Birkat Hamazon and the Land of Israel-Thoughts on Parshat Eikev
This week’s Torah portion begins: “It shall be as a consequence (eikev) of your listening to these judgments and keeping and performing them, that the Lord your God will keep for you the Covenant and the kindness that he swore to your forefathers.” (Devarim 7:12) Rashi, the classical Biblical commentator, writes on this verse, “If you will listen to the ‘light/little’ mitzvot that a person tramples with his heel (eikev), the Lord will keep etc, He will keep his promise to you.” On this explanation of Rashi, the Kotzker Rebbi, Rabbi Menachem Mendel of Kotzk, poses a question: Is it in fact possible that Jewish people would trample underfoot some of the commandments? Does it not say in Pirkei Avot “be as careful with a light mitzvah as with a heavy one, for you do not know the reward of a mitzvah?” (Ethics of our Fathers2:1) What mitzvah in specific is this referring to?
In answer, Rabbi Menachem Mendel of Kotzk offers his own novel explanation. He writes that the only commandment that a person literally tramples with his heels in order to fulfill is the commandment of settling the Land of Israel — while walking and working the soil of the Holy Land, one is fulfilling a direct, Divine biblical commandment. However, and most unfortunately, many Jews consider this a light mitzvah which can be ignored. According to Rabbi Menachem Mendel, the above verse is teaching that if a person properly observes the commandment that one fulfills with his heel – i.e. walking upon and settling the soil of the Land of Israel – God will likewise keep His promise, “…the Lord your God will keep for you the Covenant and the kindness.” (Parperaot Latorah, Vol 5, page 63)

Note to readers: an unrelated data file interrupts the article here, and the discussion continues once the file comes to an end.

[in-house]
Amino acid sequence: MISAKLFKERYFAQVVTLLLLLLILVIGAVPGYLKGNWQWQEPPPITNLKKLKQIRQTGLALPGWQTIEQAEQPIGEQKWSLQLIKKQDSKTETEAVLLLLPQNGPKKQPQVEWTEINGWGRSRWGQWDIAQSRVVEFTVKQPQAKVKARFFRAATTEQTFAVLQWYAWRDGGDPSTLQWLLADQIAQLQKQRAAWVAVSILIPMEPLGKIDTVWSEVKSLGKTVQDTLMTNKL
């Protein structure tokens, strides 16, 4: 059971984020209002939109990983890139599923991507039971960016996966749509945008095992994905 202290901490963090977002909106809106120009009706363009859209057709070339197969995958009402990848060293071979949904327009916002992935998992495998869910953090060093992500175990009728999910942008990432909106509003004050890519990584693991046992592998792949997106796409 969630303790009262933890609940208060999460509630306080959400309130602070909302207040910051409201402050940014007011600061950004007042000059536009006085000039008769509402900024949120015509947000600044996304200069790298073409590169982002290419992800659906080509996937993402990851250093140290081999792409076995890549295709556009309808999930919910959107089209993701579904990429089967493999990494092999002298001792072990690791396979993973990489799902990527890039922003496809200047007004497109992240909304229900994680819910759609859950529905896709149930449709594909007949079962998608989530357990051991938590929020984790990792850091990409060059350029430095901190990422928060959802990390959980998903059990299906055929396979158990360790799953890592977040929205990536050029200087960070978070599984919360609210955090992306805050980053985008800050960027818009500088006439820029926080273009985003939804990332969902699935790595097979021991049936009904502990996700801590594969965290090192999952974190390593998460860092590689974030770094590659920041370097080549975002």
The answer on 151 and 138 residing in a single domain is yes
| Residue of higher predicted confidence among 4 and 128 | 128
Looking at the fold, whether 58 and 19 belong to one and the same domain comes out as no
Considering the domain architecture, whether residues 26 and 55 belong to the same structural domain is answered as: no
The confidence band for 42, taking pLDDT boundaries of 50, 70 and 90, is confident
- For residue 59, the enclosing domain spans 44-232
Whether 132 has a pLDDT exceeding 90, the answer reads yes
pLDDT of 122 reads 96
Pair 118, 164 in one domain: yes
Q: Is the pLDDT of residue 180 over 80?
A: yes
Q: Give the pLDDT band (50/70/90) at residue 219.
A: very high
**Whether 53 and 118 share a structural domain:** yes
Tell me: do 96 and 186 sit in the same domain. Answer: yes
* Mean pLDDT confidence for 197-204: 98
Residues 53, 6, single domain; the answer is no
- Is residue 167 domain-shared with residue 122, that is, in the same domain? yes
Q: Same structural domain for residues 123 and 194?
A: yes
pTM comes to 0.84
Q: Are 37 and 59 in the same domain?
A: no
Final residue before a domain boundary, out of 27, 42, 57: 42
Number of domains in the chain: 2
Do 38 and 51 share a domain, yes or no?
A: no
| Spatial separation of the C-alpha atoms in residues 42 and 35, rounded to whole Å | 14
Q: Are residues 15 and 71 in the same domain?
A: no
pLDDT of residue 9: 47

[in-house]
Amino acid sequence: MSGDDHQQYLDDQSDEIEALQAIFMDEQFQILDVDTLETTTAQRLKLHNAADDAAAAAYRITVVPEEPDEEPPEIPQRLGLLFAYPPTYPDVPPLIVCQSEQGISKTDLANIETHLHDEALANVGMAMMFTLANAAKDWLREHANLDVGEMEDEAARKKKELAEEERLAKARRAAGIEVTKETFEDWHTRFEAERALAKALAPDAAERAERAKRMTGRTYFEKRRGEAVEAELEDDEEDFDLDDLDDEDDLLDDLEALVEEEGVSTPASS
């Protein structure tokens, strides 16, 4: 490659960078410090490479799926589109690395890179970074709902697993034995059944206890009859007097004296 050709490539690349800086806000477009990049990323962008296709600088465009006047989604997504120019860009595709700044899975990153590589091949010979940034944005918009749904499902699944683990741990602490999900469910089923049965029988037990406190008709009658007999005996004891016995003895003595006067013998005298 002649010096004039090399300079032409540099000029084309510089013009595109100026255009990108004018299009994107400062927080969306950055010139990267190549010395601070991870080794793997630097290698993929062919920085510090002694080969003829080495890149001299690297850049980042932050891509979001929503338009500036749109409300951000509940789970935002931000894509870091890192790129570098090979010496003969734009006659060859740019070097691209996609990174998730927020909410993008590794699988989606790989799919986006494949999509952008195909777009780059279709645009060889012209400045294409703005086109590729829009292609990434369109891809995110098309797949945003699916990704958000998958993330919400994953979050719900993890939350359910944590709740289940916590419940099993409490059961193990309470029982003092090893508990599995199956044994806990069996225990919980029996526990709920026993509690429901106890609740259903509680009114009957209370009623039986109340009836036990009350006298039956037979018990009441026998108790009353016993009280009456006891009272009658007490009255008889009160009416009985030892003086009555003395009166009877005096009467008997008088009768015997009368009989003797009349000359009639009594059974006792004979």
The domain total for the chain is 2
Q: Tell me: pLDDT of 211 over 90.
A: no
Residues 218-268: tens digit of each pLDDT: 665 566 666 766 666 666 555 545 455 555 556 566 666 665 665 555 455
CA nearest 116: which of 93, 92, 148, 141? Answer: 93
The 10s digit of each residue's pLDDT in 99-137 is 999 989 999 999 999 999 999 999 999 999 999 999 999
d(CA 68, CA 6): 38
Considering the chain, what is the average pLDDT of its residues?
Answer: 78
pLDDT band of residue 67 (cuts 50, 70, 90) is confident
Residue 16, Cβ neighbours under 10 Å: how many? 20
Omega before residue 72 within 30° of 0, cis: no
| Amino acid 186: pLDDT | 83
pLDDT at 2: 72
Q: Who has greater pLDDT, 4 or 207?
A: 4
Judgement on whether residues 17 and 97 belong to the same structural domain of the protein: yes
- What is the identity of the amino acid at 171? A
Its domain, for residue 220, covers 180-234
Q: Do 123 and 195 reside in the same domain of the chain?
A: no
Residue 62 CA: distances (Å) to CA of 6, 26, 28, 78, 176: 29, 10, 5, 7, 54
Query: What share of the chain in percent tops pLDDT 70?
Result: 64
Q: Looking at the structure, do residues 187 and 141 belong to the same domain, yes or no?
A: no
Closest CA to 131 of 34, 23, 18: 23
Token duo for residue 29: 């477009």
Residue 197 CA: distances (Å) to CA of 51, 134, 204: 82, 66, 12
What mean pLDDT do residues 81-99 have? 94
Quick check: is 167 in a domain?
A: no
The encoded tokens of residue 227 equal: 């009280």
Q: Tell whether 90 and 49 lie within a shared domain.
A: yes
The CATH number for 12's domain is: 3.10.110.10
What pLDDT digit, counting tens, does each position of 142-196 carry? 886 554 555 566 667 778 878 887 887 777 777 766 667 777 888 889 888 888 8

This interpretation from Rabbi Menachem Mendel is certainly true in our day and age. But Rashi’s surface level, initial answer leads us to glean an important message as well: the importance of noticing the little things, specifically as they relate to mitzvah observance. Oftentimes in life it is the little, habitual mitzvot which have the grandest lessons to teach us.
A prime example of a commandment which does not receive the contemplation it deserves is the seemingly “little” mitzvah of Birkat Hamazon (the Blessing after the Meal). It is first mentioned in this week’s Torah reading, where the verses state: “For the Lord your God brings you to a good land, a land of brooks of water, of fountains and depths, springing forth in valley and hills; a land of wheat and barley, and vines and fig-trees and pomegranates; a land of olive-trees and honey; a land where you will eat bread without scarceness, you will not lack any thing in it; a land whose stones are iron, and out of whose hills you may dig brass. And you will eat and be satisfied, and bless the Lord your God for the good land which He has given you.” (Devarim 8:7-10).